Frequently Asked Questions

1099-K Notices from Third Party Sellers

Why did I receive Form 1099-K?

You received Form 1099-K because a third party payment settlement organization (TPSO) paid $600 or more to you in the previous calendar year. You may not have received one previously because the threshold for reporting in Vermont has changed.

Each year, people working as traditional employees receive a W-2, and people working as contractors receive a 1099-MISC, as long as earnings are above a $600 threshold. Those notifications help people prepare taxes more easily and accurately. People who are paid through companies such as Uber, Lyft or other “new economy” businesses often do not receive a W-2 or 1099-MISC. Vermont law changed the 1099-K reporting requirements to apply the same $600 threshold that applies to the 1099-MISC, so that the financial processors provide more information to Vermont residents.


Is this a new tax?

No, this notice is not associated with any new tax. It is strictly intended to notify recipients that payments were made to them. Those payments may or may not be taxable income. Please see the explanation of taxable income.


What is the difference between 1099-K and 1099-MISC?

Form 1099-K is used by credit card companies and third-party processors to report the payment transactions they process for retailers or other third parties. Form 1099-MISC is generally used to report payments made directly to independent contractors.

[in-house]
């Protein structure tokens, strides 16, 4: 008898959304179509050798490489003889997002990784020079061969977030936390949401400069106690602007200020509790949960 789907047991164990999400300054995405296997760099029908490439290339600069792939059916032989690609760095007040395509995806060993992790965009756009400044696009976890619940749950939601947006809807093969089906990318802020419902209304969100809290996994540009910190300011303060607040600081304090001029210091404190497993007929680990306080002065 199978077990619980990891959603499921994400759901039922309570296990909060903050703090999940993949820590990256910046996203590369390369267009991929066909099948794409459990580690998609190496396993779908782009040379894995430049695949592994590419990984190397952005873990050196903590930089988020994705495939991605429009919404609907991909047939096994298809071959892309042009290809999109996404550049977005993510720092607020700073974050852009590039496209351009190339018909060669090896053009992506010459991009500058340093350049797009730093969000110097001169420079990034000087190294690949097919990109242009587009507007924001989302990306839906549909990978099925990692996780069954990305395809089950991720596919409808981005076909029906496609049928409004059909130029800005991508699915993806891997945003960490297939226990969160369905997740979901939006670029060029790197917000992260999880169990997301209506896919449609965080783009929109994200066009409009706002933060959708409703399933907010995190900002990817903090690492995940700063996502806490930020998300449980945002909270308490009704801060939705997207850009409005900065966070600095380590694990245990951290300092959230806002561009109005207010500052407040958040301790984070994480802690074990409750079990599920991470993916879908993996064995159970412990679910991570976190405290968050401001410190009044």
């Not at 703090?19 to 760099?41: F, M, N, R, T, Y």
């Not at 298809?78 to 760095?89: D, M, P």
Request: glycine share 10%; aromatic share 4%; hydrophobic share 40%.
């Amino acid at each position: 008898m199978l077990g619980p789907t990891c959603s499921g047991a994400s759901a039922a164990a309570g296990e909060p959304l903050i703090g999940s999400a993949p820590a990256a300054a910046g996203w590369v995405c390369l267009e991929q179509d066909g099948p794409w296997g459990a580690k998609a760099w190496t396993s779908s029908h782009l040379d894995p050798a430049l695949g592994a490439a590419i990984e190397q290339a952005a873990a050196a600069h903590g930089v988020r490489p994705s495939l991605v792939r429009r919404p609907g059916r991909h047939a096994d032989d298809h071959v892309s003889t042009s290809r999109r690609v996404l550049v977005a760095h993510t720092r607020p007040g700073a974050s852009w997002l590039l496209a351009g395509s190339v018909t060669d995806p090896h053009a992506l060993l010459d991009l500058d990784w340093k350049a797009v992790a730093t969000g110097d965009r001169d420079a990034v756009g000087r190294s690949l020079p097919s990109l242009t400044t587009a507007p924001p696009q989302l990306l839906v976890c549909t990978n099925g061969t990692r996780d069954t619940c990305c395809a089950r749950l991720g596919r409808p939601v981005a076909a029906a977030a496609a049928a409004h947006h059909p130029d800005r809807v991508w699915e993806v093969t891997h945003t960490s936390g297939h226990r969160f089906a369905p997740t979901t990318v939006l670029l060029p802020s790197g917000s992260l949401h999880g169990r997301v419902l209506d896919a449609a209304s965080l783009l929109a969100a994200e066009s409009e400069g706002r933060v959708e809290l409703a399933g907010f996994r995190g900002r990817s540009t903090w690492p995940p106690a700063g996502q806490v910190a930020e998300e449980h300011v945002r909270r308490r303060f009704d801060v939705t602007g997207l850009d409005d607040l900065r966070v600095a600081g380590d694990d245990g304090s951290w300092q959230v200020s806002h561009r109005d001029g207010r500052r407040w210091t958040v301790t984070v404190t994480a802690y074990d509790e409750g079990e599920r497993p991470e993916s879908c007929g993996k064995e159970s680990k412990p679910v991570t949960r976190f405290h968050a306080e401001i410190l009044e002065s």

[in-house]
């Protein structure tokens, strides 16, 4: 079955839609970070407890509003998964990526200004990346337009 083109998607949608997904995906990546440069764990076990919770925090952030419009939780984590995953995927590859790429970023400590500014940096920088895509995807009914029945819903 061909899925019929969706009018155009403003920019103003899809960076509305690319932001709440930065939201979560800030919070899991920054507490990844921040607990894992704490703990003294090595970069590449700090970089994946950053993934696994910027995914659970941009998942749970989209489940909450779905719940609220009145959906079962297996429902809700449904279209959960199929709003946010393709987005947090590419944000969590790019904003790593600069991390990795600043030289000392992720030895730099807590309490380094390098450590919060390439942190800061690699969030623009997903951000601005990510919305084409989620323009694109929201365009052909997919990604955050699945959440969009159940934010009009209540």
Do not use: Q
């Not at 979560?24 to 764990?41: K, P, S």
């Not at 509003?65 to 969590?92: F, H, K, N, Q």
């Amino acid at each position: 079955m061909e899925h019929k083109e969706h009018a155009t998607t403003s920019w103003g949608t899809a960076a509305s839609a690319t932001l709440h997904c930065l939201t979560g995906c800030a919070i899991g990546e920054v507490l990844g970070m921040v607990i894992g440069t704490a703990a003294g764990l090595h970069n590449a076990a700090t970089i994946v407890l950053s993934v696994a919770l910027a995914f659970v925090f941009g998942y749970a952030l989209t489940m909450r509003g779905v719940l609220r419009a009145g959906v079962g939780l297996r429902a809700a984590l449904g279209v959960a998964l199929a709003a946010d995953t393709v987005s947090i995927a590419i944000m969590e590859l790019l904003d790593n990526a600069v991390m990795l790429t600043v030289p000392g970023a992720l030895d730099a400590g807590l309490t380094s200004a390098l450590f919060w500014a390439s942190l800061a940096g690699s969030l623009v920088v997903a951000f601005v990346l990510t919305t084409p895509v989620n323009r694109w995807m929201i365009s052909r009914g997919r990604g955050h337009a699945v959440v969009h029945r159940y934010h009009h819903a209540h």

Since I received a 1099-K notice, does that mean I owe tax? What do I need to do?

It depends on whether the payment was income that is subject to tax. Form 1099-K is an informational document. You should use the information reported in conjunction with your other records to determine whether it is taxable income and to determine your correct tax. Here are four examples:

  1. Mike works part-time as an independent driver for hire, and, over the course of a year, receives income of $9,789 via a TPSO. The $9,789 should be included when calculating gross receipts for his income tax return. He may be able to deduct certain business expenses.
  2. Meghan is downsizing her home and sells furniture on an auction site for $5,000. The original purchase price of the furniture was $9,000. The $5,000 IS NOT subject to tax or any reporting as it is a function of selling personal items at a loss.
  3. Mario, a full-time accountant, also has a hobby selling hand-painted holiday decorations on an auction site. He sells $3,268 worth of decorations over the course of the year. That $3,268 amount should be included when calculating gross receipts for his income tax return. He may be able to deduct certain expenses
  4. Molly goes to dinner with her 14 graduate school classmates to celebrate the end of the term. She pays for a $1,500 meal on her credit card and her classmates reimburse her for the expense via a peer-to-peer payment system, totaling $1,400. That $1,400 IS NOT subject to tax or any reporting as it was not payment for goods or services, but simply reimbursement.

If you still have questions after reviewing this list, please contact us directly.

Call us at (802) 828-2865 or (866) 828-2865 or send an email.

LAWS, REGULATIONS AND GUIDANCE
Guide to Submitting W-2s, 1099s, and WHT-434
New Law Lowers Reporting Threshold For 1099-K Information Reporting